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Davis v. Hobson

United States District Court, S.D. Indiana, Terre Haute Division

November 20, 2017

SAMUEL DAVIS, Plaintiff,
v.
CORIZON Kim Hobson, INTERNAL AFFAIRS, DENTIST Corizon, JIMMERSON DR., GRIEVANCE, TERESA LITTLEJOHN Specialist, Defendants.

          ENTRY SCREENING COMPLAINT AND DIRECTING FURTHER PROCEEDINGS

          Hon. William T. Lawrence, Judge United States District Court

         Plaintiff Samuel Davis, who is incarcerated at the Wabash Valley Correctional Facility, filed a pro se complaint under 42 U.S.C. § 1983, alleging that his civil rights were violated. The Court is required to screen complaints brought by prisoners seeking relief against a governmental entity or an officer or employee of a governmental entity. 28 U.S.C. § 1915A(a). The Court must dismiss a complaint or portion thereof if the prisoner has raised claims that are legally “frivolous or malicious, ” that fail to state a claim upon which relief may be granted, or that seek monetary relief from a defendant who is immune from such relief. § 1915A(b).

         To state a cognizable claim under the federal notice pleading system, the plaintiff is required to provide a “short and plain statement of the claim showing that [he] is entitled to relief[.]” Fed.R.Civ.P. 8(a)(2). It is not necessary for the plaintiff to plead specific facts, and his statement need only “give the defendant fair notice of what the ... claim is and the grounds upon which it rests.” Bell Atl. Corp. v. Twombly, 550 U.S. 544, 555 (2007) (quoting Conley v. Gibson, 355 U.S. 41, 47 (1957)); see Christopher v. Buss, 384 F.3d 879, 881 (7th Cir. 2004). However, a complaint that offers “labels and conclusions” or “formulaic recitation of the elements of a cause of action will not do.” Ashcroft v. Iqbal, 556 U.S. 662, 678 (2009) (quoting Twombly, 550 U.S. at 555). To state a claim, a complaint must contain sufficient factual matter, accepted as true, “that is plausible on its face.” Id. “A claim has facial plausibility when the plaintiff pleads factual content that allows the court to draw the reasonable inference that the defendant is liable for the misconduct alleged.” Id. The complaint allegations “must be enough to raise a right to relief above the speculative level.” Twombly, 550 U.S. at 555; Christopher, 384 F.3d at 881.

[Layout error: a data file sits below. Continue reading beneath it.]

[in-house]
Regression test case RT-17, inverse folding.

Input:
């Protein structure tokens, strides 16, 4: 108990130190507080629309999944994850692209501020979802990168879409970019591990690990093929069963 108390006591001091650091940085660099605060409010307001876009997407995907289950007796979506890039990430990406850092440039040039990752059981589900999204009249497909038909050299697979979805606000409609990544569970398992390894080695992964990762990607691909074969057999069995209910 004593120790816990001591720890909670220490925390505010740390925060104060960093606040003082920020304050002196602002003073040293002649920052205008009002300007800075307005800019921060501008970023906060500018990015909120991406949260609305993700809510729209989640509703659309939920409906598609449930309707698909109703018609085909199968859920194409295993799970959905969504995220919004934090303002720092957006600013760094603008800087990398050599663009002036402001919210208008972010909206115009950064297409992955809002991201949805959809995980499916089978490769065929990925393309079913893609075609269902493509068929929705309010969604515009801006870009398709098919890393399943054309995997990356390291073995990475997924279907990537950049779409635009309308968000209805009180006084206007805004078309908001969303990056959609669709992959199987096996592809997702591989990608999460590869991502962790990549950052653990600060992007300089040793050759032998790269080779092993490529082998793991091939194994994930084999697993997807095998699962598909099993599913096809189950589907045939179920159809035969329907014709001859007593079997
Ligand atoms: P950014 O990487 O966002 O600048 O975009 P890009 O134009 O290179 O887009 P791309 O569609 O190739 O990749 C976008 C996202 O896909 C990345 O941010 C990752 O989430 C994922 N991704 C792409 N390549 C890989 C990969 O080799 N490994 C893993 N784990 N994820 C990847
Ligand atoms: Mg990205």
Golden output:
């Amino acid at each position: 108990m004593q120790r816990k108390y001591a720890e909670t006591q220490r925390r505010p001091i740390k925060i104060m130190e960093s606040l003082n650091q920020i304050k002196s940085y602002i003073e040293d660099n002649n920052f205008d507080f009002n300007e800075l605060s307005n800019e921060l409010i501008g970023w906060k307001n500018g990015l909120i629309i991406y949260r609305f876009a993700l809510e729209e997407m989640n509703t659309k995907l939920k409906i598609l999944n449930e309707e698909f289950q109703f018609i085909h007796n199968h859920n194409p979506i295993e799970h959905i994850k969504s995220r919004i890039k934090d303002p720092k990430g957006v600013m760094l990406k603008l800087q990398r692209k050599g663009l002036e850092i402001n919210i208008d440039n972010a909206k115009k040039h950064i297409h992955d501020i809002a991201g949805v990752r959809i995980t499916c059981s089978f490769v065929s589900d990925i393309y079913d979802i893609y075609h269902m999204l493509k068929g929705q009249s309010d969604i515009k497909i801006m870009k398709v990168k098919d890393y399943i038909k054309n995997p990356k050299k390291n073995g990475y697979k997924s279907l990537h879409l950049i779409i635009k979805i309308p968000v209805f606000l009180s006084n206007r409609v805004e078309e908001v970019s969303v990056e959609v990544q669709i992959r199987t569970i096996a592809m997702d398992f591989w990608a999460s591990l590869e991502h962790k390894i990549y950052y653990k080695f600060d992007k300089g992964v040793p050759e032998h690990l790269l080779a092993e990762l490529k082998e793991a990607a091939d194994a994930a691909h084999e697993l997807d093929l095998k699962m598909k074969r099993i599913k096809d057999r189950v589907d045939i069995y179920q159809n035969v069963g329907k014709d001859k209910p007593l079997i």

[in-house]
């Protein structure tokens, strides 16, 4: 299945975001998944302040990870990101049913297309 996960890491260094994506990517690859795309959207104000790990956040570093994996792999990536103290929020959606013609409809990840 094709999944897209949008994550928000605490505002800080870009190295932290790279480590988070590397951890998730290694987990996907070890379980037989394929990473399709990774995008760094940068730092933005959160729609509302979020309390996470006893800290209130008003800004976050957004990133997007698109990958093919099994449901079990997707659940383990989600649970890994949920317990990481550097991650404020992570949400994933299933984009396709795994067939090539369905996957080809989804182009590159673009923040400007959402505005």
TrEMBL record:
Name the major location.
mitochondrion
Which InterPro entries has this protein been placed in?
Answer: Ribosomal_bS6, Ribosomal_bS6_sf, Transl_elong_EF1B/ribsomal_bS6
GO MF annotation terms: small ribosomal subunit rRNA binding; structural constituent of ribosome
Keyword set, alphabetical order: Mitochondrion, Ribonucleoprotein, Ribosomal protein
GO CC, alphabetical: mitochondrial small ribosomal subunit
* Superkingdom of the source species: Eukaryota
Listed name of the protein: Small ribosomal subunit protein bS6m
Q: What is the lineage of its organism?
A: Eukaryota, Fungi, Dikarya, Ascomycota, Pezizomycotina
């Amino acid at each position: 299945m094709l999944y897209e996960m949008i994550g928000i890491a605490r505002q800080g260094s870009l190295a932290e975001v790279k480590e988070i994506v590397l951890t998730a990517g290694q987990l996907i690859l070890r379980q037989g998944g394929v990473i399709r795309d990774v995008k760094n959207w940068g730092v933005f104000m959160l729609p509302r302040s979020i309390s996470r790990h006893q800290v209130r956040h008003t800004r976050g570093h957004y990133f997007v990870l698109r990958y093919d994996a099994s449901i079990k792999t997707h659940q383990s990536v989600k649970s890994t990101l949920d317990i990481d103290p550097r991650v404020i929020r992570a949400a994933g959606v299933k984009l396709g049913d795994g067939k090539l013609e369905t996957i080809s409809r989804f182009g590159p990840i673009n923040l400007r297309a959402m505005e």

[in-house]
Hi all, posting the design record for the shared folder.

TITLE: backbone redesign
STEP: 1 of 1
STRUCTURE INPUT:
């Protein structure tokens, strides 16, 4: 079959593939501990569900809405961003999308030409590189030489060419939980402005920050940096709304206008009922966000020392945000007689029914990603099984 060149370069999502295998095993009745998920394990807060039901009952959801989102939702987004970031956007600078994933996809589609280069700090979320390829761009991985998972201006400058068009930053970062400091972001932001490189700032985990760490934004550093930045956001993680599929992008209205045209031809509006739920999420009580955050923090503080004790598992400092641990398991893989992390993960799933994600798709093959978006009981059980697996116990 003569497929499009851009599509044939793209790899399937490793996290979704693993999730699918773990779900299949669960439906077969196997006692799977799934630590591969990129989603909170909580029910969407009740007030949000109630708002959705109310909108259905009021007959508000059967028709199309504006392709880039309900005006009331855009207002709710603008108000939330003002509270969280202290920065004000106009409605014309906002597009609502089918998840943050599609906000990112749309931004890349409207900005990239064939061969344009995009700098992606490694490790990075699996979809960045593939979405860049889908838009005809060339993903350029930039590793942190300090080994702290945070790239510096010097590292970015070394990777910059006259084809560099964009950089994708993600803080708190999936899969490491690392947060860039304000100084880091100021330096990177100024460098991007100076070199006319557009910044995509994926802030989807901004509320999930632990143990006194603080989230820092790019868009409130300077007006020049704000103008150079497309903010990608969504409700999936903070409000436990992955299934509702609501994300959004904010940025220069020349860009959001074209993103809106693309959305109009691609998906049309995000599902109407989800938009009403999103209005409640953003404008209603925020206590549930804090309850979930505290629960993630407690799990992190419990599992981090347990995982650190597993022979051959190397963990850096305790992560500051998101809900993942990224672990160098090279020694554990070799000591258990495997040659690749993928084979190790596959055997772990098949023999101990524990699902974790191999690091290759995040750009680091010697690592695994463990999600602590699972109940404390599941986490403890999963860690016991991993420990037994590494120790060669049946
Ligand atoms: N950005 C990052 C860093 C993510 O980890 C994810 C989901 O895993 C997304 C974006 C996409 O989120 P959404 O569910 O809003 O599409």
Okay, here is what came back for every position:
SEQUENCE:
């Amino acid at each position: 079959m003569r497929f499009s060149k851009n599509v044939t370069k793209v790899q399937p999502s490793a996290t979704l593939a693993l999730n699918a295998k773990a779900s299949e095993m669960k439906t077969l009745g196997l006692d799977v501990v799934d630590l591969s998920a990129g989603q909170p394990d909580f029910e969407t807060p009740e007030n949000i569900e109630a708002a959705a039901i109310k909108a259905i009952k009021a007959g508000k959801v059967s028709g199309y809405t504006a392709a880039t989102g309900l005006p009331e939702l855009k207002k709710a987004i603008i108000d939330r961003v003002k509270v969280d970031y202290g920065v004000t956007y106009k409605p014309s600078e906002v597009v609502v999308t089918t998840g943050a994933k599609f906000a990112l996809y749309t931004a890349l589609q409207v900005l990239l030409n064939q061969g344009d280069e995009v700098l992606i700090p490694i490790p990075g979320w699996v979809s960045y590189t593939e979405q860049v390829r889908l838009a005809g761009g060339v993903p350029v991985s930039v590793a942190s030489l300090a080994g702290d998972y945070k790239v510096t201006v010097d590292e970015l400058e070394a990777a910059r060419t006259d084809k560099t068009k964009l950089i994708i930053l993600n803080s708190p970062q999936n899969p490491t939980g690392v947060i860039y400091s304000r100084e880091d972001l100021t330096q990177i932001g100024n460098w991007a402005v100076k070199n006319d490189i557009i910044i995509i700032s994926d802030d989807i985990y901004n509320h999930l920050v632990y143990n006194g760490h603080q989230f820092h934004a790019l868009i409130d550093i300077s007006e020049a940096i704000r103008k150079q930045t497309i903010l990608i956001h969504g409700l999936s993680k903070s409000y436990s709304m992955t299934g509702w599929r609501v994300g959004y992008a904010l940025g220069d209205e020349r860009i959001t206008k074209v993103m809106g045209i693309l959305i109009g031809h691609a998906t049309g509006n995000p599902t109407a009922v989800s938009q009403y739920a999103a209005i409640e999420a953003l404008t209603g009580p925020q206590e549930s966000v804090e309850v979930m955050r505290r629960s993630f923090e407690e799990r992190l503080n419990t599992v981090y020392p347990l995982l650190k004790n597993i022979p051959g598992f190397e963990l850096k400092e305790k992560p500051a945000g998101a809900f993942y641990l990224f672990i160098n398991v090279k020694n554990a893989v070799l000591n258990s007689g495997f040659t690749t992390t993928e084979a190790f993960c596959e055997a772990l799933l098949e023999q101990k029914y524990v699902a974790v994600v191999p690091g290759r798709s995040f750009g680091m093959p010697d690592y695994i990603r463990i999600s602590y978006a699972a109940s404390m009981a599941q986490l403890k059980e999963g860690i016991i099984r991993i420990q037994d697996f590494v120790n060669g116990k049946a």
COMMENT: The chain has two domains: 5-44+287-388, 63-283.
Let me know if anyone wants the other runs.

In considering whether a complaint states a claim, courts should follow the principles set forth in Twombly by first “identifying pleadings that, because they are no more than conclusions, are not entitled to the assumption of truth.” Iqbal, 556 U.S. at 679. Legal conclusions must be supported by factual allegations. Id. If there are well-pleaded factual allegations, the Court must then “assume their veracity and then determine whether they plausibly give rise to an entitlement to relief.” Id.

         To state a claim for relief under 42 U.S.C. § 1983, a plaintiff must allege that: (1) he was deprived of a right secured by the Constitution or laws of the United States; and (2) the deprivation was visited upon him by a person or persons acting under color of state law. Buchanan-Moore v. County of Milwaukee, 570 F.3d 824, 827 (7th Cir. 2009); see also Gomez v. Toledo, 446 U.S. 635, 640 (1980). The Court is obliged to give the plaintiff's pro se allegations, “however inartfully pleaded, ” a liberal construction. See Erickson v. Pardus, 551 U.S. 89, 94 (2007) (quoting Estelle v. Gamble, 429 U.S. 97, 106 (1976)).